Disruptive Code Changes
Code changes are disrupting the status quo, specifically IRC 2012 requirements to install drywall on joists in unfinished basements or use sprinklers to meet fireprotection needs. Builders are reviewing product and operational options to find the most cost-effective ways to meet these requirements.
“We’ve been spending a tremendous amount of time on refining our product offering due to changes in building codes,” says Denny Huston, vice president of sales and marketing for Boise Cascade Engineered Wood Products. “Fire is a big issue. In an effort to make homes safer for homeowners and firefighters, we’re testing new products all the time, looking at coatings, applications and product options.”
Steve Killgore, vice president of sales and marketing at Roseburg, agrees that builders are examining new options due to the changes. “We continue to research cost-efficient fire-resistant joists,” he says. “But many builders are deciding that it’s simply better to add two layers of drywall to satisfy the codes for a onehour fire rating rather than buy specific products that are more costly.”
That approach can be counter-productive, warns Matt Meyers, director of marketing for engineered lumber products at Weyerhaeuser. “Many builders realize they have to make changes, and they’re considering which direction to go,” he says. But an unfinished basement may be a selling point, because it allows homeowners to finish it later their own way. “If builders apply drywall to the joists, homeowners will have to pull that off later to add electrical, lighting, etc., to finish the basement.”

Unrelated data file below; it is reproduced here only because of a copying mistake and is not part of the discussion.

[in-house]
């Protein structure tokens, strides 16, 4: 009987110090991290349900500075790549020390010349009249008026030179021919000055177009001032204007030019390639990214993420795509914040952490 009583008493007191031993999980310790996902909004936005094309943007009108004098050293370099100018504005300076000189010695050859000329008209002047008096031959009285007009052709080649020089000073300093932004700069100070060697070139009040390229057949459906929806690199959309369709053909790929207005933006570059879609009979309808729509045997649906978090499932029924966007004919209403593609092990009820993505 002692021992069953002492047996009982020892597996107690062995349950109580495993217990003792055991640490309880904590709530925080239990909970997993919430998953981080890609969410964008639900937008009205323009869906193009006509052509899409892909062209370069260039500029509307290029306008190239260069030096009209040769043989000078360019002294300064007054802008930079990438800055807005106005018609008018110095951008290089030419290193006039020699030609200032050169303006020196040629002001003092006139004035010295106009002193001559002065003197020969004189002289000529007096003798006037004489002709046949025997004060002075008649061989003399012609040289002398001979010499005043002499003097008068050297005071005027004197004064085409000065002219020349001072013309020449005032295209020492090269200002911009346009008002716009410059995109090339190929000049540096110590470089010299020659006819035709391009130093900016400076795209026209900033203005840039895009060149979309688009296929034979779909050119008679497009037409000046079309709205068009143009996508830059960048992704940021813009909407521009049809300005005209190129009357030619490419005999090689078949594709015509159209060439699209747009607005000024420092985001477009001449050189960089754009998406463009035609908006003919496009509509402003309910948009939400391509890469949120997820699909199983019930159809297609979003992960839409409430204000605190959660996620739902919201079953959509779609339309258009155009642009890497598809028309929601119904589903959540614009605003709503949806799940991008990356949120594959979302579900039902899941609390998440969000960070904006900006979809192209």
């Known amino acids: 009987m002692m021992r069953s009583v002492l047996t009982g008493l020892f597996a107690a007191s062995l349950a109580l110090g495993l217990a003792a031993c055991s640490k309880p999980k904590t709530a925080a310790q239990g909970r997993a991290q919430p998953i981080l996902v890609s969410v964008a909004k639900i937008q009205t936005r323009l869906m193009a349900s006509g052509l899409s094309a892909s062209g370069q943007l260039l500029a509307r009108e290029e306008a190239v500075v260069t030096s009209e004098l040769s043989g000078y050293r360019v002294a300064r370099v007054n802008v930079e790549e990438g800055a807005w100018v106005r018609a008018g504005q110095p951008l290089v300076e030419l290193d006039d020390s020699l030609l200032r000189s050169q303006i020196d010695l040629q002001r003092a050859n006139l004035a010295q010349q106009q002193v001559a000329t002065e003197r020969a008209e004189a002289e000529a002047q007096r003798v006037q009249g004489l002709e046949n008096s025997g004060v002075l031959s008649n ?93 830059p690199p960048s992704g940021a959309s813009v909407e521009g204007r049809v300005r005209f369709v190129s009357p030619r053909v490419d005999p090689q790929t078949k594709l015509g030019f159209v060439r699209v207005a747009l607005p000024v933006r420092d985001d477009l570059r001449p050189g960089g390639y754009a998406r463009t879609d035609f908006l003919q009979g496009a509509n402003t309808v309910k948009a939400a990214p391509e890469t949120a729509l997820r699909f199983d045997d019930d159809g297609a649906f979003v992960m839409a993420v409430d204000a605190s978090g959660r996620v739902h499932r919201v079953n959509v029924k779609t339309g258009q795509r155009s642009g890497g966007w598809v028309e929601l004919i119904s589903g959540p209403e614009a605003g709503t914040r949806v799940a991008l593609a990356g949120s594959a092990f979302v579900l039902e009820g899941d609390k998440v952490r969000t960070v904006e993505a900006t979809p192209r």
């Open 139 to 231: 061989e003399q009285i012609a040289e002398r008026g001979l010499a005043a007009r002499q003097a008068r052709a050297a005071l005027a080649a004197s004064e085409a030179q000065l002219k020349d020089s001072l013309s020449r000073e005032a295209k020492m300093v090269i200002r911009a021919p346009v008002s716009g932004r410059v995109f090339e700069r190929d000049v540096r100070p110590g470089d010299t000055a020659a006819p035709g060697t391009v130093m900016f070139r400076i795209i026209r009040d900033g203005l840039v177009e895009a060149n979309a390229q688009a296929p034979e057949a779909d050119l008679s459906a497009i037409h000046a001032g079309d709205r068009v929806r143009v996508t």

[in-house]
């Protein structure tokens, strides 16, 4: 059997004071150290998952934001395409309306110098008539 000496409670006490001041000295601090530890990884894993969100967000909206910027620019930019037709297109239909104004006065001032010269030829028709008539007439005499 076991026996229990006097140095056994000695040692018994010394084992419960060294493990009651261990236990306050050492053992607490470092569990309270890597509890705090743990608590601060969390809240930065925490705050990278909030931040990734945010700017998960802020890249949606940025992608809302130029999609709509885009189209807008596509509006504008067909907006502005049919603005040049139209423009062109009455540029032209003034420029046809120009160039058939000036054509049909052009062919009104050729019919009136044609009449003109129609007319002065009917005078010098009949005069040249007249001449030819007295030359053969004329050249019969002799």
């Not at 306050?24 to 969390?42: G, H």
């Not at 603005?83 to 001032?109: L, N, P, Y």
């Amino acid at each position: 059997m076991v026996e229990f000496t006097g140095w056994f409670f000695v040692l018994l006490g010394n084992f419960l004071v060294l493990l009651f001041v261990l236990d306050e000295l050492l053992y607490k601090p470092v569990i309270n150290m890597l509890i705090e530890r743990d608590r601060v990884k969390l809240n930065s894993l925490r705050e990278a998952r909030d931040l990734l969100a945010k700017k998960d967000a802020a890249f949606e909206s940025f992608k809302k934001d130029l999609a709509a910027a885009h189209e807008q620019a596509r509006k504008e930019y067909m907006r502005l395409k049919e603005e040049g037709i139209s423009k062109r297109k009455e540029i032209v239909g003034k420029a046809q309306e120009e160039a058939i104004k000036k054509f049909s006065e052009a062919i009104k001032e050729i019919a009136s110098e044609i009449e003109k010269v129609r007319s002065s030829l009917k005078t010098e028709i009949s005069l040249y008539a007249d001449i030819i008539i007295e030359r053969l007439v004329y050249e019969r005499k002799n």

Builders also have to adjust to the highest code level in their area, adds Doug McNeil, marketing manager at Norbord. “Changes to the building code are making builders rethink applications and products,” he says. “But the energy codes vary between locations, and some are slower to adopt changes. If the adjacent community has adopted a higher energy standard, the builder either has to adapt from building site to building site or change his approach to meet the most restrictive approach. It’s getting to be really tough out there for builders.”
Finding a cost-effective solution for what will add cost regardless of the solution has builders examining many options, says Kirk Nichols, general manager for engineered products at BlueLinx Corp. “Cost is a key concern in meeting the code,” he says. “Builders are looking at what will add the most value.”
Uniform enforcement is essential, to ensure a level playing field. “We’re all for code enforcement,” says Jim Walsh, vice president of sales and marketing at Rosboro. “It encourages the use of engineered-wood products. Without a doubt, we are seeing more aggressive enforcement by inspectors. Builders know that cutting corners doesn’t pay off in the long run.”